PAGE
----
Why Does My Dog DO that? This week’s topic: Play Behaviors | Blogs

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Why Does My Dog DO that? This week’s topic: Play Behaviors
Blogs, People, Pets
Why Does My Dog DO that?  This week’s topic:  Play Behaviors

This morning when Dexter Puggle entered the school playground, he stood still with his back legs slightly apart and allowed his pals (about eight of them) to gather all around his body and sniff him all over.  His tail was up and wagging yet the hair along his back was beginning to stand up slightly.  Dexter, in my opinion, was practicing some excellent social behavior.  He was giving the dogs already on the scene a chance to sniff him and figure out who he was and what he was all about.  Though Dexter is a very busy, energetic dog, he was savvy enough to wait a few moments until introductions were completed before charging off into play.  His stance was neutral and nonthreatening, yet the piloerection (that’s the scientific name for a dog’s hair standing up along his back) indicated that he was a bit unsure and perhaps slightly nervous.

There are a host of play behaviors your dog uses or attempts to use to communicate with potential playmates.  Some are clear-cut and obvious; others are more subtle and can have more than one meaning, depending on the situation.  We humans would be wise to spend some time observing our dogs at play so we begin to understand this intricate and powerful set of communication skills.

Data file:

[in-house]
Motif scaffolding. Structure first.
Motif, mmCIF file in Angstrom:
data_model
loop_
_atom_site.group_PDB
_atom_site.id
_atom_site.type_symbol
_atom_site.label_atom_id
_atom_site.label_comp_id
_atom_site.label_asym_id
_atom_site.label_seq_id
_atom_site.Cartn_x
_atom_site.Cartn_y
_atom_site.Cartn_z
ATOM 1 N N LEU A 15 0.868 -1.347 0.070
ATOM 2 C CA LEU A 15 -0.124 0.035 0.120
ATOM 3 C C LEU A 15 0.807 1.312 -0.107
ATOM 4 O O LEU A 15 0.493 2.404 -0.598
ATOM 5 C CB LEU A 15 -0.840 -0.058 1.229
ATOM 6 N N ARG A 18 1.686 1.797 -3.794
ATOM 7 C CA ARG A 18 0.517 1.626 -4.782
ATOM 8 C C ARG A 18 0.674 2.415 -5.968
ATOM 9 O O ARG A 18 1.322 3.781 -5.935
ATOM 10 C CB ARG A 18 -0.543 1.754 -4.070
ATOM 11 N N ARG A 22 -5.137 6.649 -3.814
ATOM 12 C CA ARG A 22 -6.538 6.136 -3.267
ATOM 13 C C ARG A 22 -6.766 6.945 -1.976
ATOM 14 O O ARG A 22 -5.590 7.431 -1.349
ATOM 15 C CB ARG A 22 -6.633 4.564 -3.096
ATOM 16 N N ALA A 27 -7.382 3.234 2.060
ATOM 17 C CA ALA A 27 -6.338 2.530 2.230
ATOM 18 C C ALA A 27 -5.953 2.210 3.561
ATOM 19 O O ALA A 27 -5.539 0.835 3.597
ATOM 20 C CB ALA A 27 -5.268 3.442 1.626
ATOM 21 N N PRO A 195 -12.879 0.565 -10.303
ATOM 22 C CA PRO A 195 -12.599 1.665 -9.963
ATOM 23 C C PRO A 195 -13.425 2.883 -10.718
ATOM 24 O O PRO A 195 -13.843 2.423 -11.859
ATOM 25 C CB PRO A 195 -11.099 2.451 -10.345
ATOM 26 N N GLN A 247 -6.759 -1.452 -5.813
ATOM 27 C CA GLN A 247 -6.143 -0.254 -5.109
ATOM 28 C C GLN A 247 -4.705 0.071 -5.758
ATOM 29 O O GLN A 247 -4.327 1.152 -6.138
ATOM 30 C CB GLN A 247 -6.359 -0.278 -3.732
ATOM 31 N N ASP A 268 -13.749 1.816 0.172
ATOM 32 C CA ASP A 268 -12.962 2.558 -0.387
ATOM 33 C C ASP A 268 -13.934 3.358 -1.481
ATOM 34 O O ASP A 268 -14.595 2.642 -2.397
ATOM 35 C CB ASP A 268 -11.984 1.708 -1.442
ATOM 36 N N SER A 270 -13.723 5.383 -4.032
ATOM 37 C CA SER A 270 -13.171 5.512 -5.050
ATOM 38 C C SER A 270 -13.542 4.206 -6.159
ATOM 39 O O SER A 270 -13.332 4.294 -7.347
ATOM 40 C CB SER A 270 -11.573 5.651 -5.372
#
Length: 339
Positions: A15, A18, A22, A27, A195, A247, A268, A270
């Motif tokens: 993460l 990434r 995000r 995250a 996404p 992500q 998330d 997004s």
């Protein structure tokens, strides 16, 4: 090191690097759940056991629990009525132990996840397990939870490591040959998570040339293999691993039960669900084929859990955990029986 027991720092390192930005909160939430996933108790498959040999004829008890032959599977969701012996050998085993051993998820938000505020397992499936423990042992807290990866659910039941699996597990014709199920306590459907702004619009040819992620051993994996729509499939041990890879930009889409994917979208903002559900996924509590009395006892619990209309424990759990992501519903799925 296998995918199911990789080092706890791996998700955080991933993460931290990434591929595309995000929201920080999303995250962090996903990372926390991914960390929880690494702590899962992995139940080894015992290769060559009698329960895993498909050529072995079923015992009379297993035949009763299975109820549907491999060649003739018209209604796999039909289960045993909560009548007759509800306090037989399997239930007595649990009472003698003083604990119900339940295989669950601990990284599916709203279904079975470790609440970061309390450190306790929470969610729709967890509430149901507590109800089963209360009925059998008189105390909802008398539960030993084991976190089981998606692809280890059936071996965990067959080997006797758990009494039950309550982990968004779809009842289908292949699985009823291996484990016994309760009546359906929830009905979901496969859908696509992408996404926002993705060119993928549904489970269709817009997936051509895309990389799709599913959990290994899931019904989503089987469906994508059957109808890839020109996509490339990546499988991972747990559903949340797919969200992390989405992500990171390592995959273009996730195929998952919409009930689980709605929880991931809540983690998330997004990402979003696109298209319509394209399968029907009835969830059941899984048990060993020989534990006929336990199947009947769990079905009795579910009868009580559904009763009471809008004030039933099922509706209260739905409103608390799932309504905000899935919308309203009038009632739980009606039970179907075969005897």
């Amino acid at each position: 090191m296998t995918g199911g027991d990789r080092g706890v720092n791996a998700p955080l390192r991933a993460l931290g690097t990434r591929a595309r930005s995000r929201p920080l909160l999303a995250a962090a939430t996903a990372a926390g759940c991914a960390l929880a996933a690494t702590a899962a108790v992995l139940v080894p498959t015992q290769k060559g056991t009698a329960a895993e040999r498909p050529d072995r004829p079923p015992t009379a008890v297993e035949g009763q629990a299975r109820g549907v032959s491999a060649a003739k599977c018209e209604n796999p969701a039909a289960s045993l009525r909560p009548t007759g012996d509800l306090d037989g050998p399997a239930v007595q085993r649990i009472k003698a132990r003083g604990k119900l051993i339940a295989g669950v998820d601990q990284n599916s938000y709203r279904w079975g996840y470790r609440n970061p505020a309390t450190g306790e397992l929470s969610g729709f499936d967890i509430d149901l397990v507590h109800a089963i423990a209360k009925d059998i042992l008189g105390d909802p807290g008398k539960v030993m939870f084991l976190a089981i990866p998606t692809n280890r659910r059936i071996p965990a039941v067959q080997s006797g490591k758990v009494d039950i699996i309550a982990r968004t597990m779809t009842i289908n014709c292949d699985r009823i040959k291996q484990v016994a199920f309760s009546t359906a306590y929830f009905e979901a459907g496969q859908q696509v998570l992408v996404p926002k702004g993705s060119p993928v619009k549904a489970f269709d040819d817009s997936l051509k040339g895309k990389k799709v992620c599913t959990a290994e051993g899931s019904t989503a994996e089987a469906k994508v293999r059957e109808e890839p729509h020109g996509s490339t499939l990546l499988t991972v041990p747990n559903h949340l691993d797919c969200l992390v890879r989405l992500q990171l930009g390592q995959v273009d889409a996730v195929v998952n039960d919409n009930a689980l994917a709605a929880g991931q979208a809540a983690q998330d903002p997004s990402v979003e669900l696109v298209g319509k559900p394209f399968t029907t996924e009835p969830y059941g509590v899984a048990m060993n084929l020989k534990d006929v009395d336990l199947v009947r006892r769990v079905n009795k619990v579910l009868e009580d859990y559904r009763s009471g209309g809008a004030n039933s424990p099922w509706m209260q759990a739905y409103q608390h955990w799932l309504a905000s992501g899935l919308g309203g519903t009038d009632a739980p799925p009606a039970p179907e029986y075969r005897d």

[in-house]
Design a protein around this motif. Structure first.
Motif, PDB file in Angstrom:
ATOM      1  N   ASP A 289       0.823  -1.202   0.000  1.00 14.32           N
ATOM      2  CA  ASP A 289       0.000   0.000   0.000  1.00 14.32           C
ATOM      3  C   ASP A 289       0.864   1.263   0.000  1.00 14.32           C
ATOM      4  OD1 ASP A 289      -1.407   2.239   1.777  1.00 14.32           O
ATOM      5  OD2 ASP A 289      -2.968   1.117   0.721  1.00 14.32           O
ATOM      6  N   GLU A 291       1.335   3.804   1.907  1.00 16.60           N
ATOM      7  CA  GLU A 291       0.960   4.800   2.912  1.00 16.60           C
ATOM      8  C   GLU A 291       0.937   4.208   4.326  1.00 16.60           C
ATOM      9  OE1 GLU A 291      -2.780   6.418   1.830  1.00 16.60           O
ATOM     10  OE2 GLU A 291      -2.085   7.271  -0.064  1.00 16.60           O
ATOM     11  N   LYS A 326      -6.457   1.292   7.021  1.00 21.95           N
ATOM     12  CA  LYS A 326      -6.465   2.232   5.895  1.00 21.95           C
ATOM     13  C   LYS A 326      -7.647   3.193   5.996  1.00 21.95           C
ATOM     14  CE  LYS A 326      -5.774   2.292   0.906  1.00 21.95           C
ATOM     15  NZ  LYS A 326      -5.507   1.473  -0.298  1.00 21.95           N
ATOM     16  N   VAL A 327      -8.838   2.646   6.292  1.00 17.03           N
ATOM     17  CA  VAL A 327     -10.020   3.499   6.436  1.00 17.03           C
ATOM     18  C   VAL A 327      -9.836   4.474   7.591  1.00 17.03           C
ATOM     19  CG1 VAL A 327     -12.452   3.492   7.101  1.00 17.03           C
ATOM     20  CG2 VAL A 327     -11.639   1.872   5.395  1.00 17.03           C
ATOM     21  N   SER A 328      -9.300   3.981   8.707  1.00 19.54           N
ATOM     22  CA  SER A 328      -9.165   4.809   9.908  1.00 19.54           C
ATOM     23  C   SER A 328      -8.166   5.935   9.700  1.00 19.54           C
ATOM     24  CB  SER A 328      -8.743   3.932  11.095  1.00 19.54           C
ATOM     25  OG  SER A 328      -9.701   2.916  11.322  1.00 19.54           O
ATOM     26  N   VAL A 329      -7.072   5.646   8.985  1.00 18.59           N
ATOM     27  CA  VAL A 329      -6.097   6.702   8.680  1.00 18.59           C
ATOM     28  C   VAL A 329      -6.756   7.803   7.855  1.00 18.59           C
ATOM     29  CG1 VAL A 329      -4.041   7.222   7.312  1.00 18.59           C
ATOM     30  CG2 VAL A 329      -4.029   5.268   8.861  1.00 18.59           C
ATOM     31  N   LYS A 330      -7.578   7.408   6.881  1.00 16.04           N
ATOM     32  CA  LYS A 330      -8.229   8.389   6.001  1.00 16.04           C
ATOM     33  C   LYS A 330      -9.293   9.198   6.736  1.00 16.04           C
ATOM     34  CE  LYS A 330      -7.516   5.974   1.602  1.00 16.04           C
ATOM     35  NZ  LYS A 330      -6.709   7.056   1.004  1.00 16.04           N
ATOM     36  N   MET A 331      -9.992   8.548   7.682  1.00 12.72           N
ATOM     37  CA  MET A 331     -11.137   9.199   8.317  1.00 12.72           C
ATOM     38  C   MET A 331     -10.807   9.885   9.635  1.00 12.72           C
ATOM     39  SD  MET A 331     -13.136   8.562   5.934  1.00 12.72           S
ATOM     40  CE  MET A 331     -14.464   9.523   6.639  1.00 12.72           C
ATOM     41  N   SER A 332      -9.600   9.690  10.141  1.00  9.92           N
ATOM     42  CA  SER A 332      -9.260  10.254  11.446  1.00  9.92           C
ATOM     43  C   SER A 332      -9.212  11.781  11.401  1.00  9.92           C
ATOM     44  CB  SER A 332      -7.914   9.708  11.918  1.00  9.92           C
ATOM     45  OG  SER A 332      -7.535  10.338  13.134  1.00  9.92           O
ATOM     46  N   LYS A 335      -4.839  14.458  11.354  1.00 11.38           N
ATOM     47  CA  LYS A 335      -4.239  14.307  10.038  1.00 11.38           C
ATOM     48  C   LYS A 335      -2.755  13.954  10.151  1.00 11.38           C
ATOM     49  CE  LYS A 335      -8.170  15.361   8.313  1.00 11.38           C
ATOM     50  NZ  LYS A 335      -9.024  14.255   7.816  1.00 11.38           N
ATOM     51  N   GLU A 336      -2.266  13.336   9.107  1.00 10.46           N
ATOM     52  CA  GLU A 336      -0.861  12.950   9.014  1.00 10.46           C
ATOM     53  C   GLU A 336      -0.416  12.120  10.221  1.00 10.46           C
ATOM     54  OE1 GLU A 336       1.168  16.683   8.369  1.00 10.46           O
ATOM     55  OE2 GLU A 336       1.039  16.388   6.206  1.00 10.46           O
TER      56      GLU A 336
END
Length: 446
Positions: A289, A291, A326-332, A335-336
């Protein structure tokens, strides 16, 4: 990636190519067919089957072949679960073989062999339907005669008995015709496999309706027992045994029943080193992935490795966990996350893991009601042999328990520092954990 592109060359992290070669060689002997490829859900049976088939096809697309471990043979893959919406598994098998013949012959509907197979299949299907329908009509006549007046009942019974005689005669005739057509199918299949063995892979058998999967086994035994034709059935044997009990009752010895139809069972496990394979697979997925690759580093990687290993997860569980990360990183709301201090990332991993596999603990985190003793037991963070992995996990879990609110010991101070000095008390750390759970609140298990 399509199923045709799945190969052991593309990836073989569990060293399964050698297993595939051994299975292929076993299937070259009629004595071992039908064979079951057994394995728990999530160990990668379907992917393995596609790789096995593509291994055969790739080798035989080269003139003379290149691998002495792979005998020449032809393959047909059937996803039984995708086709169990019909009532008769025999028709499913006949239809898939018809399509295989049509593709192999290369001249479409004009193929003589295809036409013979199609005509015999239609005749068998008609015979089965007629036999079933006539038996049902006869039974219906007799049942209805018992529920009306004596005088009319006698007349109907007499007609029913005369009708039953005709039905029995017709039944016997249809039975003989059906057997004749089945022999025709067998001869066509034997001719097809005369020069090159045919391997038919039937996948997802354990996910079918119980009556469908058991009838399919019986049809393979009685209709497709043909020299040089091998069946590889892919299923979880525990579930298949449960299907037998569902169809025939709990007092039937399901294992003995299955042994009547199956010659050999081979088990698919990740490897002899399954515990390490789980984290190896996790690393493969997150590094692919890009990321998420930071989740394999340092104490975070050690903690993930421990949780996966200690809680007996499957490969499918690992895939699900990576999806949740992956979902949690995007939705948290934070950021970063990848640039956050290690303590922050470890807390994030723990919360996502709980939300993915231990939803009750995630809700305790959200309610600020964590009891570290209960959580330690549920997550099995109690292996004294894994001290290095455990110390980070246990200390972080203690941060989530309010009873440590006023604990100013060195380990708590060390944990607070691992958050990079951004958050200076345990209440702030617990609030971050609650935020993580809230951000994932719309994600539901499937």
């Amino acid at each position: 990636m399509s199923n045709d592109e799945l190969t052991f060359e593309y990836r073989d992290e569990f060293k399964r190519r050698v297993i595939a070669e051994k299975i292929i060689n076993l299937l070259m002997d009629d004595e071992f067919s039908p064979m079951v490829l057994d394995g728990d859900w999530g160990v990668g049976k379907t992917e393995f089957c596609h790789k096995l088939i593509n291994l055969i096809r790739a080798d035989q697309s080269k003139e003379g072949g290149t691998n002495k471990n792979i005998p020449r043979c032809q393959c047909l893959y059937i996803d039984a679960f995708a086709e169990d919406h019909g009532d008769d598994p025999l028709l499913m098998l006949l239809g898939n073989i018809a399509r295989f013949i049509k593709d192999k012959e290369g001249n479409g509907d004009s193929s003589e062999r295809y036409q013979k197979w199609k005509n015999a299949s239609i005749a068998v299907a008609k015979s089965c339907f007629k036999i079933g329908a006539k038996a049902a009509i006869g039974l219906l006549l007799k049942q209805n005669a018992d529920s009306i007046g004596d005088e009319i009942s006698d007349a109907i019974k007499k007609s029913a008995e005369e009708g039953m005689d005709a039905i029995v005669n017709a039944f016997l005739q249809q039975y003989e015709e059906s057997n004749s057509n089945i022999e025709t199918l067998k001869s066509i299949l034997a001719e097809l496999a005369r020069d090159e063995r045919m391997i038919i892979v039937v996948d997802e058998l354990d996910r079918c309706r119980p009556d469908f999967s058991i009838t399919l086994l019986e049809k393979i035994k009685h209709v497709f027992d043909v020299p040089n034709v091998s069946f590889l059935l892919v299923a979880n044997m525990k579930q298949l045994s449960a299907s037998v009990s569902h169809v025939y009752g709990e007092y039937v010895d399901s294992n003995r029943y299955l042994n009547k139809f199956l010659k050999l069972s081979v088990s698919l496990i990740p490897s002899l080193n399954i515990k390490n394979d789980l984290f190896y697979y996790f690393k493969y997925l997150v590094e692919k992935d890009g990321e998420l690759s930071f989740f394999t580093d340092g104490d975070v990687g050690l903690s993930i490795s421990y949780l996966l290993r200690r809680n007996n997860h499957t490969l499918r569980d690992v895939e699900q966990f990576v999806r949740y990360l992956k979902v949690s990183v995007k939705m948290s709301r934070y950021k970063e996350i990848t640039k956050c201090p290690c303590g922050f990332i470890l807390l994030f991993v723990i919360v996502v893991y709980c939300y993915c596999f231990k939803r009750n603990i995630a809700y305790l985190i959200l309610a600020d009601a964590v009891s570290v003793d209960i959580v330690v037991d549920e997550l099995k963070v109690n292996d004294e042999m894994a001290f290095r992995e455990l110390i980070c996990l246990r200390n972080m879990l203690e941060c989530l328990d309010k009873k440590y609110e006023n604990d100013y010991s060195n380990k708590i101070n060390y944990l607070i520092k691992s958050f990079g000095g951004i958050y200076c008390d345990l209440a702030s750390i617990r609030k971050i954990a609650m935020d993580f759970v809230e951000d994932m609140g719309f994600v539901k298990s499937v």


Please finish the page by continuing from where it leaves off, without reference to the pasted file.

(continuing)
PLAY BOW:  Paws extended in front, elbows near/on the ground, butt high in the air, tail wagging.  This is an invitation to play and may be accompanied by a bark or two.  The dog displaying a play bow is ready to romp.

PILOERECTION:  When a dog’s hair stands up along the neck and ridge of the spine, it can indicate that the dog is nervous or on edge.  Often, when dogs are making introductions for the first time, you will note the hair rising.  As the nervous dog gets more comfortable, the hair will settle back down.  If the dog has an unsuccessful or worrisome interaction, other body signals may further indicate that the dog’s stress level is continuing to rise.

STIFF BODY POSTURE:  When a dog stiffens his body, he is indicating that he is less open, socially.  Perhaps the dog he is meeting/greeting has caused some fear to develop.  I often see my male Lab stop short in front of an unknown dog and puff out his chest, pull his ears up and back, raise his chin and stiffen his body.  This usually happens when the other dog is male and my dog is trying to “show” how big and bossy he is.   

SOFTENED BODY POSTURE:  A shy dog, or one who lacks confidence socially, may tuck her tail, bow her head, avert her eyes and may even squat a bit and leak urine in the presence of another unknown dog.  My female Lab takes this even further and often flips onto her back and goes “belly up” to show just how nonthreatening she is, especially if the dog she is meeting has dominant energy.  All of these behaviors communicate to the other dog that Tonya means him no harm and will not challenge him.